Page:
September 22, 2019
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Story tips, concerns, questions?

By Fernanda M. Tovar
Staff Writer

Former Cal State Dominguez Hills student, David W. Jacobsen, writes and produces his own music with the hopes of it reaching people on a more personal level.
Most importantly, he wants the listeners to enjoy it.
“There is a lot of crazy stuff going on in the world, and music can be a good way to try to make sense of the world or, better yet, escape it for a while,” Jacobsen, who studied linguistics, said.
Originally from New Jersey, music has been second nature to Jacobsen since he was young. He plays the guitar, keyboard, bass and mandolin, and performs the vocals on his songs.
Jacobsen was exposed to classic rock by his father and introduced to show tunes by his mother.
His high school friends had eclectic tastes, ranging from punk to progressive rock, which Jacobsen thinks are opposites.
“Watching older friends play in bands convinced me to start playing as well,” Jacobsen said. “Along the way I got more interested in the technical side and studied music theory.”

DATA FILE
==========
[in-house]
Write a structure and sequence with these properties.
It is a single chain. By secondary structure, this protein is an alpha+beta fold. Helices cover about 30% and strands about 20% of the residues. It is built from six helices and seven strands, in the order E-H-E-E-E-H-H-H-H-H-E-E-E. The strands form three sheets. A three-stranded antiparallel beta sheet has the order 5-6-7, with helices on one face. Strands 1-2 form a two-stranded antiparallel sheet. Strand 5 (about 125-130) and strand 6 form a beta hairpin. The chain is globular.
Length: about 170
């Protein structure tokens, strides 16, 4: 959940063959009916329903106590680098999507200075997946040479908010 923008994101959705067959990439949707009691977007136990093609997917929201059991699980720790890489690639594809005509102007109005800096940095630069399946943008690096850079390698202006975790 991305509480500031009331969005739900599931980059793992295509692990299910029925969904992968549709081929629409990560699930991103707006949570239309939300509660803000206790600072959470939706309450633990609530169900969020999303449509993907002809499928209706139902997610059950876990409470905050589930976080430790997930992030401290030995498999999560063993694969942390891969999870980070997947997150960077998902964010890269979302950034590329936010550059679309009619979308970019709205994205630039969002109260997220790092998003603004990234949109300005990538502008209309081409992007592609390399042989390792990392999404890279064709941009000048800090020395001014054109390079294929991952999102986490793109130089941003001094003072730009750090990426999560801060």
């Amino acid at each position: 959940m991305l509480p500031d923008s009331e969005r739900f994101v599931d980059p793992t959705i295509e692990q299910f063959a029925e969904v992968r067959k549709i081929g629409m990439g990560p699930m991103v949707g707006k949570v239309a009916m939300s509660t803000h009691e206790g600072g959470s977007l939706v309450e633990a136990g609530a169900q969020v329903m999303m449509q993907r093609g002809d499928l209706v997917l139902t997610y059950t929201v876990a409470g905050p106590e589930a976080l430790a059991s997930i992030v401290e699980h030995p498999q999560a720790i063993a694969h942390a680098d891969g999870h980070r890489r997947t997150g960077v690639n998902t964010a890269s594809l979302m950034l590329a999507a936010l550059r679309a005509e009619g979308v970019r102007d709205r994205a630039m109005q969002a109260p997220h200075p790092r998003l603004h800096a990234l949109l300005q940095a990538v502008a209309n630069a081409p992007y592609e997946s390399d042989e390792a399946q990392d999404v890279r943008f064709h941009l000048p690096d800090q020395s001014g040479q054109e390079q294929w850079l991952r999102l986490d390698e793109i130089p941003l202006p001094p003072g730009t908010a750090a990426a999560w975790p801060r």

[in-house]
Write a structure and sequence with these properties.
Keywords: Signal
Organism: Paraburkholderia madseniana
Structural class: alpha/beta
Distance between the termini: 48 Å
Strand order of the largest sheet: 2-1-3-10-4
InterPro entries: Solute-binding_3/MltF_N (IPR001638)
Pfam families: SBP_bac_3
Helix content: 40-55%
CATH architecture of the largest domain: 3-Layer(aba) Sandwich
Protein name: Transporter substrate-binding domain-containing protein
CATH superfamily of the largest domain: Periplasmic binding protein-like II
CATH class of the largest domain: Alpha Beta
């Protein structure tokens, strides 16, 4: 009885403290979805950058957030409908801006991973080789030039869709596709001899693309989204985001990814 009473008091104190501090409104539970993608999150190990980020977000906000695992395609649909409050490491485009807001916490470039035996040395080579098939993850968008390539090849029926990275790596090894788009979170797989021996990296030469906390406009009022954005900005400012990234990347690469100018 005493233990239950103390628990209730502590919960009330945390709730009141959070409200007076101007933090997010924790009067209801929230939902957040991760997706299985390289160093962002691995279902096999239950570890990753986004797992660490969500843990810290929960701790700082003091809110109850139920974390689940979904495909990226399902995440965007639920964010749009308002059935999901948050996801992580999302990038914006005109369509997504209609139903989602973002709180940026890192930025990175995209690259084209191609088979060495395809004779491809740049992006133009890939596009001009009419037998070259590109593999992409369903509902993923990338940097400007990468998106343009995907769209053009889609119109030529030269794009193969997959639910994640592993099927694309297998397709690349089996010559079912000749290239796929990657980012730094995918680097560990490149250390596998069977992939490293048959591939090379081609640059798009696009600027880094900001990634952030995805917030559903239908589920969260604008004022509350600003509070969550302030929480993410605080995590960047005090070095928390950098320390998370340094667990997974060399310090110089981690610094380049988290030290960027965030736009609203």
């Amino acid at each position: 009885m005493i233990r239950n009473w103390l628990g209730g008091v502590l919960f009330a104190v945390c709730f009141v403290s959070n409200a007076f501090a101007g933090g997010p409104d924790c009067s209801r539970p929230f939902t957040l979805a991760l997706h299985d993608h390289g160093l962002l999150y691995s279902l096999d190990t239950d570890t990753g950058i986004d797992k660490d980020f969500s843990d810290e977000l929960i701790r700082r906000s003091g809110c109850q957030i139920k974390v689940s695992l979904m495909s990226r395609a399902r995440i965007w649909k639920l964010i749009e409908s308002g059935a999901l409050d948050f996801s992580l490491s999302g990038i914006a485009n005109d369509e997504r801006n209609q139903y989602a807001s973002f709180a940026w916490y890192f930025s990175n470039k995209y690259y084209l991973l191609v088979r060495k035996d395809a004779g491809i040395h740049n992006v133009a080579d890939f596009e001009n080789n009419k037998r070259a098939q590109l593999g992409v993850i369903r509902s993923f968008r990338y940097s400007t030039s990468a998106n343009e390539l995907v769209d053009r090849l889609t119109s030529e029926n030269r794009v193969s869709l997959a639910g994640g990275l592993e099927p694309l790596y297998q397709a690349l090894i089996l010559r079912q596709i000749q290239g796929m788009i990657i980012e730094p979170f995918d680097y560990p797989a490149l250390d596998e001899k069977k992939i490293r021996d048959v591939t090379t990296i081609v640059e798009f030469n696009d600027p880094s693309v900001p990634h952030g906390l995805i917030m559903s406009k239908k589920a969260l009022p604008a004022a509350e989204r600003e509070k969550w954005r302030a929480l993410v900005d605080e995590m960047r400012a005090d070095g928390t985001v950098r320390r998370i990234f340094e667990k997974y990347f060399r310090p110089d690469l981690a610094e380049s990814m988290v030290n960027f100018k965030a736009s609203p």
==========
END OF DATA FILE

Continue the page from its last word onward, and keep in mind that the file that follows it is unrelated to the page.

Jacobsen’s latest album is titled “Begin the Chagrin,” which is a Cole Porter reference to “Begin the Beguine.”
Dictionary.com defines chagrin as a feeling of vexation, marked by disappointment or humiliation, which happens to be one of the main themes for Jacobsen’s album.
Jacobsen explained that a theme emerges as he continues to create his songs.
“I like the challenges of putting myself in someone else’s shoes and trying to write an emotional, honest and interesting song from their point of view,” Jacobsen said. “After awhile, you run out of things to write about if everything comes from your own personal life experiences.”
Certain songs from “Begin the Chagrin,” such as “Guitar Guy” and “Sister,” are lighter and comical. Jacobsen hopes listeners can take away “at least some hook, either melodic or lyrical.”
However, Jacobsen thinks the more serious and melodic songs, such as “In the Schoolyard,” give people more of a reason to come back.
“‘Guitar Guy’ is a pretty obvious parody of ‘Piano Man’,” Jacobsen said. “`Freebird,’ oddly enough was inspired by a Weird Al Song, ‘Skipper Dan,’ which was about a guy who went to acting school and wound up as a tour guy at a lame theme park; I wanted to write a musician version of that.”
Music is a form of expression for Jacobsen, as it is for many.
Jacobsen simply tries to create songs that people will remember. Readers can find the tracks of his new album on Jacobsen’s Youtube channel: CLICK HERE TO GO TO HIS PAGE!

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